Shovels in the Ground for LV Convention Center Expansion
Construction of a $1.4 billion expansion of the Las Vegas Convention Center is under way.
Nevada Governor Brian Sandoval joined more than 300 people who attended a January 8 groundbreaking for the massive project, held at the former site of the Riviera on the Las Vegas Strip―land that is being folded into 1.4 million square feet of new exhibitions and meetings space.
The $860 million expansion is slated for completion in 2020, after which the Las Vegas Convention and Visitors Authority will turn to renovating the center’s existing 3.2 million square feet.
At full build-out, sometime in 2023, the center will be the second-largest in North America behind Chicago’s McCormick Place and will solidify Las Vegas’ positioning as one of the continent’s premier convention destinations―a business projected to draw an additional 600,000 visitors a year once the expansion is completed, drive incremental economic impacts estimated at more than $800 million a year and provide 7,800 full-time jobs.
“I’m very excited with this expansion, because I know that it’s going to allow (Las Vegas) to be even more competitive than we are right now,” said LVCVA President and CEO Rossi Ralenkotter. “This is our opportunity to brand us as what we are―the convention capital of North America―but also allow us to continue to position ourselves with our customers.”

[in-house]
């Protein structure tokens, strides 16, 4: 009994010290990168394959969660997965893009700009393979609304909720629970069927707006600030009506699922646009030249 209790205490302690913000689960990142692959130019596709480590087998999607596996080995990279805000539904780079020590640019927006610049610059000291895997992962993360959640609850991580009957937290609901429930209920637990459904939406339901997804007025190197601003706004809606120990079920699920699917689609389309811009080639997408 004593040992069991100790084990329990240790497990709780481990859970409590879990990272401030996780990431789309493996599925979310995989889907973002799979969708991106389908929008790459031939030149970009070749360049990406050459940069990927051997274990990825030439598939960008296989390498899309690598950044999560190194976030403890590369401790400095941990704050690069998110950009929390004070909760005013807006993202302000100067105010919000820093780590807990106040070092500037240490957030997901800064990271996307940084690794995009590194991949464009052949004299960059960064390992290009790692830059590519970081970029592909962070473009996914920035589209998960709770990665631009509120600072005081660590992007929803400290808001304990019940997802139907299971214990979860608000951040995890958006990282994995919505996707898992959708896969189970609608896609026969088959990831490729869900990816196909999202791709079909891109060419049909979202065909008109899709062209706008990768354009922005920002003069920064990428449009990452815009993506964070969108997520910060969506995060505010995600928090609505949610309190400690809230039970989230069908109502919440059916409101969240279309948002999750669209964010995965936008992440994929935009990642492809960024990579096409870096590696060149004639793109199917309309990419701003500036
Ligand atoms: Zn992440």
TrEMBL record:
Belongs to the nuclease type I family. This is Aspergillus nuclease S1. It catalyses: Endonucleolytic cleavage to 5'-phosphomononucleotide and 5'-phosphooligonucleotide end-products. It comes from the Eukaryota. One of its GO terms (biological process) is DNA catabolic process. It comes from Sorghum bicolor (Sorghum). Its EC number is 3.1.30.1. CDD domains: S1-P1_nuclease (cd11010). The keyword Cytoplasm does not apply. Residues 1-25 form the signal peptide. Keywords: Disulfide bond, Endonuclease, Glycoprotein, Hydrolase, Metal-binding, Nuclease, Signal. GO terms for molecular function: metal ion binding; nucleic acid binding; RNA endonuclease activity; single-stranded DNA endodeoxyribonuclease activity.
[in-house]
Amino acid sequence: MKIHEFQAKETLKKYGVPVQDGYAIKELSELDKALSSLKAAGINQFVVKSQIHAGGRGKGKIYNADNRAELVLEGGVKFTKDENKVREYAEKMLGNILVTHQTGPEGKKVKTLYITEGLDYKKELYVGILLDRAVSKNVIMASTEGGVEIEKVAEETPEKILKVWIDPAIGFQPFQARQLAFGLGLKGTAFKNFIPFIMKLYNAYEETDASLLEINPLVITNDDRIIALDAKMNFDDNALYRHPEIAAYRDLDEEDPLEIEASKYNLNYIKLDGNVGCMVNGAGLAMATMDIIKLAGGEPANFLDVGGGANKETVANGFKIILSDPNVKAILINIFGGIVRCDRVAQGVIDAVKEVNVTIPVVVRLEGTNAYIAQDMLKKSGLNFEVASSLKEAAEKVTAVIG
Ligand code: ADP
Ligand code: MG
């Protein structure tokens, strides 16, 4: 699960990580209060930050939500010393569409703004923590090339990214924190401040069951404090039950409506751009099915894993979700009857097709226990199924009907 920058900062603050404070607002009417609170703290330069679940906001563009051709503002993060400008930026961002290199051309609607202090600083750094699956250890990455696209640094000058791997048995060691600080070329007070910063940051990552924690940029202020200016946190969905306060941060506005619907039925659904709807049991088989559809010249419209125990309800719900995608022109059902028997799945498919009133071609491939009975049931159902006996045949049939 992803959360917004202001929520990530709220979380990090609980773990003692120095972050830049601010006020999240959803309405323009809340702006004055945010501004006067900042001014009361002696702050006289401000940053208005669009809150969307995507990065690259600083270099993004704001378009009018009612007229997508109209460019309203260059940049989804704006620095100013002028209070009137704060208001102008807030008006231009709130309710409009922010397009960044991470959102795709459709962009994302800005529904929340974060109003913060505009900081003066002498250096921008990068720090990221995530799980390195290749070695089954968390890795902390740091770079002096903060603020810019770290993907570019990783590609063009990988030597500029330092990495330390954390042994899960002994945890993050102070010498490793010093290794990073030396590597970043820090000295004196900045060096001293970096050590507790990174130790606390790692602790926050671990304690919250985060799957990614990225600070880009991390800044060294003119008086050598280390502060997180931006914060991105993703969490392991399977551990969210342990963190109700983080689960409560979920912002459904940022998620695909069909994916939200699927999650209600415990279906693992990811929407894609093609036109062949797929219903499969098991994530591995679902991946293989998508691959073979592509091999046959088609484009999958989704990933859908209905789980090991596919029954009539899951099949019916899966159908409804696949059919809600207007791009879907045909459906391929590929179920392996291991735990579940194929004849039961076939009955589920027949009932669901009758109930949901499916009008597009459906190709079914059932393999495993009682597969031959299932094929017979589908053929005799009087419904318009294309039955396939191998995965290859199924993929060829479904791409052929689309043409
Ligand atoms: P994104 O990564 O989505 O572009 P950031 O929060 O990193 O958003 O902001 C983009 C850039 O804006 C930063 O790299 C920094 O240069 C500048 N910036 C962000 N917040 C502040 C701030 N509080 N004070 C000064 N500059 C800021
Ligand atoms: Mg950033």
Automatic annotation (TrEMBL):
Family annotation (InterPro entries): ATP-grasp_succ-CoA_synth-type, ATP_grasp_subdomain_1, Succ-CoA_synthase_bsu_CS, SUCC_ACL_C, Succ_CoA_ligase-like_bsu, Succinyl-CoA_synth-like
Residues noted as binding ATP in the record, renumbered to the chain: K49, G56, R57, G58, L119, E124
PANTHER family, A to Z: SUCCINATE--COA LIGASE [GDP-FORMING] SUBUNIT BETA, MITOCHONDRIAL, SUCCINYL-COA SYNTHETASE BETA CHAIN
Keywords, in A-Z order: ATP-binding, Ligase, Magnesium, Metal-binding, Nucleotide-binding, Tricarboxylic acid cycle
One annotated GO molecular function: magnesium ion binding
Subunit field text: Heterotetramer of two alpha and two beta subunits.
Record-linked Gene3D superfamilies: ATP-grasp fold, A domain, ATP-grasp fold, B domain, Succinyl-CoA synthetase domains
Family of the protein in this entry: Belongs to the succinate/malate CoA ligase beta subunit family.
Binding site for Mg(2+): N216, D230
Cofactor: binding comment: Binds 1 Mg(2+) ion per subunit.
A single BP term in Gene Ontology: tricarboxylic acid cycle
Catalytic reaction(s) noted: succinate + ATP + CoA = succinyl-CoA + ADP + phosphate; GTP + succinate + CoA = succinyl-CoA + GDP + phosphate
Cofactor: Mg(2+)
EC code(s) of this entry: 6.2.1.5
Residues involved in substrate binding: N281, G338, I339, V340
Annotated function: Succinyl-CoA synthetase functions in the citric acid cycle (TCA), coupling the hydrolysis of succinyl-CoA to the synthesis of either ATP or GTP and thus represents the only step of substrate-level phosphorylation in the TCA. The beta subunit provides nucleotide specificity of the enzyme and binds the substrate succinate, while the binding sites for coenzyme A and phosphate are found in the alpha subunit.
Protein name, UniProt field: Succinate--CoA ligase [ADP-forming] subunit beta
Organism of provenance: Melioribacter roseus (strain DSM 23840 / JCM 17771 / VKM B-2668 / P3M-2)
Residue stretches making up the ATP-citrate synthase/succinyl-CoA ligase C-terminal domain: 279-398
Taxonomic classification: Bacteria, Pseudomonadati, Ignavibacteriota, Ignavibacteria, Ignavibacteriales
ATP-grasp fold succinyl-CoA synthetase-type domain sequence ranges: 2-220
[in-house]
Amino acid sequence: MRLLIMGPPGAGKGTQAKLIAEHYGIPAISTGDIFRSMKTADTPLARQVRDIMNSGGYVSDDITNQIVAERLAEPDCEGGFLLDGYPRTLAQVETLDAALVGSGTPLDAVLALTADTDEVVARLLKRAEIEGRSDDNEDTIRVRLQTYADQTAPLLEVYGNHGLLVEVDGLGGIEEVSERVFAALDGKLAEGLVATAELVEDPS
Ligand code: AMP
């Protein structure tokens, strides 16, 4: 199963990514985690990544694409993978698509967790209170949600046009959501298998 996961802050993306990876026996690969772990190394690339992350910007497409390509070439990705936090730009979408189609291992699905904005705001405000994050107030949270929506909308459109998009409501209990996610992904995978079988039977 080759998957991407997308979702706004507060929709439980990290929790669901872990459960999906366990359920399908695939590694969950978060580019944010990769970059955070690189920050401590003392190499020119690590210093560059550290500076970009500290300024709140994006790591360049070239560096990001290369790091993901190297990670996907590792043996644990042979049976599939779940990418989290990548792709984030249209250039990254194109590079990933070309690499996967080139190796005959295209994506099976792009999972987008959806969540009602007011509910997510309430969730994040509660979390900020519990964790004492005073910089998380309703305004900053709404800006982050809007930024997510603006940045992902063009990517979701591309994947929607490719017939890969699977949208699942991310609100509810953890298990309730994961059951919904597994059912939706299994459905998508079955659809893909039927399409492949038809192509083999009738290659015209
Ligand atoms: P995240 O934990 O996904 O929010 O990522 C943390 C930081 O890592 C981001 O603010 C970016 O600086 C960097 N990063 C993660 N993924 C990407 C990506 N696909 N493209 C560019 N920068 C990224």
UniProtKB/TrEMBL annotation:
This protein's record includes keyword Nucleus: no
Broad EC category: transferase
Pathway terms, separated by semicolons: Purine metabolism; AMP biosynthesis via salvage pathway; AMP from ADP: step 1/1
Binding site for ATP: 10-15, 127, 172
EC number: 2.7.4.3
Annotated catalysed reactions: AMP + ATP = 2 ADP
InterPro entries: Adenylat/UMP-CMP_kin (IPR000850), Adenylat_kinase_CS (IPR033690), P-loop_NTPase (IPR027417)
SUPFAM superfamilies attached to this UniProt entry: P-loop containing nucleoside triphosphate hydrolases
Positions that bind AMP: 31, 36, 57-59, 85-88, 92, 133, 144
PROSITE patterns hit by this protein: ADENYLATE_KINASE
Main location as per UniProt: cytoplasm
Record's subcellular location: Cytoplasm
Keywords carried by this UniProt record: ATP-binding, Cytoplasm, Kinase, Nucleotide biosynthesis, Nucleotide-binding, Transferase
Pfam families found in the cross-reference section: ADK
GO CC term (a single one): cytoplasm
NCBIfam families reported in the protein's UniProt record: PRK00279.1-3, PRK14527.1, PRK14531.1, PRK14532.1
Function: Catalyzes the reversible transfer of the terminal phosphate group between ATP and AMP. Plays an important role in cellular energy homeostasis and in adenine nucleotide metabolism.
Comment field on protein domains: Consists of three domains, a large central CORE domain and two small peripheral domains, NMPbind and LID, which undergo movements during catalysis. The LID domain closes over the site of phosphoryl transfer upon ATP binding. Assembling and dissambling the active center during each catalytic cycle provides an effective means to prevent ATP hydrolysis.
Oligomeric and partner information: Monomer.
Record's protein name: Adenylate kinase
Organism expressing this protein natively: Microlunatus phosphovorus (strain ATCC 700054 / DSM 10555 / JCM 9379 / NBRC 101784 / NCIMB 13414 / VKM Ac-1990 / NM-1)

The expansion is being financed through state legislative approval of public bonds backed by a 0.5 percent increase in the Clark County hotel room tax, the same legislation that’s providing $750 million toward the cost of a 65,000-seat domed stadium for the National Football League Raiders.
Chris Thompson, who markets the U.S. travel and convention industry globally as president and CEO of Brand USA, said the expansion would boost Las Vegas’ stature worldwide as a meetings destination.
“Most people would say, ‘Well, how tough is it to market Las Vegas?’ Well, the landscape changes, the opportunities change, the size of shows and what the organizers look for to support those shows and enhance the experiences of delegates changes,” he said. “So even though in most people’s eyes, Las Vegas probably has a plethora of attributes, even Las Vegas has to continue to rise to a high bar.”
Timed with the groundbreaking was the announcement that Steve Hill is leaving the Governor’s Office of Economic Development to assume the position of chief operating officer of the Convention Authority.
Hill, who chairs the Las Vegas Stadium Authority, the agency overseeing the work on the Raiders’ new home, is expected to stay in that post after he officially assumes the COO’s duties on January 22. He has also chaired the Southern Nevada Tourism Infrastructure Committee, an agency also intimately involved with the stadium project.
He is being succeeded at the Governor’s Office of Economic Development by Republican leader of the state Assembly Paul Anderson
His salary at the LVCVA is pegged between $212,200 and $424,400 a year.
The authority also announced the promotion of Cathy Tull from senior vice president of marketing to chief marketing officer, a new position the board of the LVCVA authorized last month, and the promotion of Senior Vice President of Finance Ed Finger to the post of chief financial officer.